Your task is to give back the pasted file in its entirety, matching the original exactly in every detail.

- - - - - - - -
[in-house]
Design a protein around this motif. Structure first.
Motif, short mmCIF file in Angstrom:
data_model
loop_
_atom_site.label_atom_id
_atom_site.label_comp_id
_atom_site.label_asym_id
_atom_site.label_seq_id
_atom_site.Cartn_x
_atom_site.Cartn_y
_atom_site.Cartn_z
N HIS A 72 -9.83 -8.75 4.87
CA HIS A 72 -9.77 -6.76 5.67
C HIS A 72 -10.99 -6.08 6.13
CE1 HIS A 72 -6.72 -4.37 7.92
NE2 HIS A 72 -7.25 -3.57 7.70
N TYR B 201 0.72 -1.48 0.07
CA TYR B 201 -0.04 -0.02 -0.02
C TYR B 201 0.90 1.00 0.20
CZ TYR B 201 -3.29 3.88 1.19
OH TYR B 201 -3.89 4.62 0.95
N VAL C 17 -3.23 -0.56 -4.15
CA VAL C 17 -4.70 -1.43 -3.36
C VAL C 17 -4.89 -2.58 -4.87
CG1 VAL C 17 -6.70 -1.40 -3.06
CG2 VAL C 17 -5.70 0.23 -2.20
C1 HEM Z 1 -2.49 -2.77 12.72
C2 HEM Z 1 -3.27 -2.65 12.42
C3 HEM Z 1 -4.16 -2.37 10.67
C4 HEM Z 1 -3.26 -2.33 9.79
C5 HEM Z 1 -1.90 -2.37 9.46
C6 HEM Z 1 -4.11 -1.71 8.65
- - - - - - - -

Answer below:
[in-house]
Design a protein around this motif. Structure first.
Motif, short mmCIF file in Angstrom:
data_model
loop_
_atom_site.label_atom_id
_atom_site.label_comp_id
_atom_site.label_asym_id
_atom_site.label_seq_id
_atom_site.Cartn_x
_atom_site.Cartn_y
_atom_site.Cartn_z
N HIS A 72 -9.83 -8.75 4.87
CA HIS A 72 -9.77 -6.76 5.67
C HIS A 72 -10.99 -6.08 6.13
CE1 HIS A 72 -6.72 -4.37 7.92
NE2 HIS A 72 -7.25 -3.57 7.70
N TYR B 201 0.72 -1.48 0.07
CA TYR B 201 -0.04 -0.02 -0.02
C TYR B 201 0.90 1.00 0.20
CZ TYR B 201 -3.29 3.88 1.19
OH TYR B 201 -3.89 4.62 0.95
N VAL C 17 -3.23 -0.56 -4.15
CA VAL C 17 -4.70 -1.43 -3.36
C VAL C 17 -4.89 -2.58 -4.87
CG1 VAL C 17 -6.70 -1.40 -3.06
CG2 VAL C 17 -5.70 0.23 -2.20
C1 HEM Z 1 -2.49 -2.77 12.72
C2 HEM Z 1 -3.27 -2.65 12.42
C3 HEM Z 1 -4.16 -2.37 10.67
C4 HEM Z 1 -3.26 -2.33 9.79
C5 HEM Z 1 -1.90 -2.37 9.46
C6 HEM Z 1 -4.11 -1.71 8.65